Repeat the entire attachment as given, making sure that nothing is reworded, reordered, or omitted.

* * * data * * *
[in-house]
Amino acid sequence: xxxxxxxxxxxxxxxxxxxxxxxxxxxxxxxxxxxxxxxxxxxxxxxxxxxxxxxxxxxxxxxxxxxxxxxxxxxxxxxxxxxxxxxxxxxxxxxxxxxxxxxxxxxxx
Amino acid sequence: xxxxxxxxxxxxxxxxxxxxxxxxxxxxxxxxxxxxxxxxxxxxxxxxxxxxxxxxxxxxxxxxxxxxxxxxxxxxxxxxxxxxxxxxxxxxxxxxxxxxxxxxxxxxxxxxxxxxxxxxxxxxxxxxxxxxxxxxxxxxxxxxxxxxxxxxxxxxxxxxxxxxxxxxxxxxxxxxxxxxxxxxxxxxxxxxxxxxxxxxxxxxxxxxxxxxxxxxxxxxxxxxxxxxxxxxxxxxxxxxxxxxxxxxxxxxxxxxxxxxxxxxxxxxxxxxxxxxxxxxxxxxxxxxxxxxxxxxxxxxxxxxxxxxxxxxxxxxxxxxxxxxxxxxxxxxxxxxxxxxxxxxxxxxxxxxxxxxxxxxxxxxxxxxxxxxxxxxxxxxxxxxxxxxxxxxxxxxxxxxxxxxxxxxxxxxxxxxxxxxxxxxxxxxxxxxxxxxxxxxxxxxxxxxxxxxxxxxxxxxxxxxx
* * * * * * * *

[in-house]
Amino acid sequence: xxxxxxxxxxxxxxxxxxxxxxxxxxxxxxxxxxxxxxxxxxxxxxxxxxxxxxxxxxxxxxxxxxxxxxxxxxxxxxxxxxxxxxxxxxxxxxxxxxxxxxxxxxxxx
Amino acid sequence: xxxxxxxxxxxxxxxxxxxxxxxxxxxxxxxxxxxxxxxxxxxxxxxxxxxxxxxxxxxxxxxxxxxxxxxxxxxxxxxxxxxxxxxxxxxxxxxxxxxxxxxxxxxxxxxxxxxxxxxxxxxxxxxxxxxxxxxxxxxxxxxxxxxxxxxxxxxxxxxxxxxxxxxxxxxxxxxxxxxxxxxxxxxxxxxxxxxxxxxxxxxxxxxxxxxxxxxxxxxxxxxxxxxxxxxxxxxxxxxxxxxxxxxxxxxxxxxxxxxxxxxxxxxxxxxxxxxxxxxxxxxxxxxxxxxxxxxxxxxxxxxxxxxxxxxxxxxxxxxxxxxxxxxxxxxxxxxxxxxxxxxxxxxxxxxxxxxxxxxxxxxxxxxxxxxxxxxxxxxxxxxxxxxxxxxxxxxxxxxxxxxxxxxxxxxxxxxxxxxxxxxxxxxxxxxxxxxxxxxxxxxxxxxxxxxxxxxxxxxxxxxxx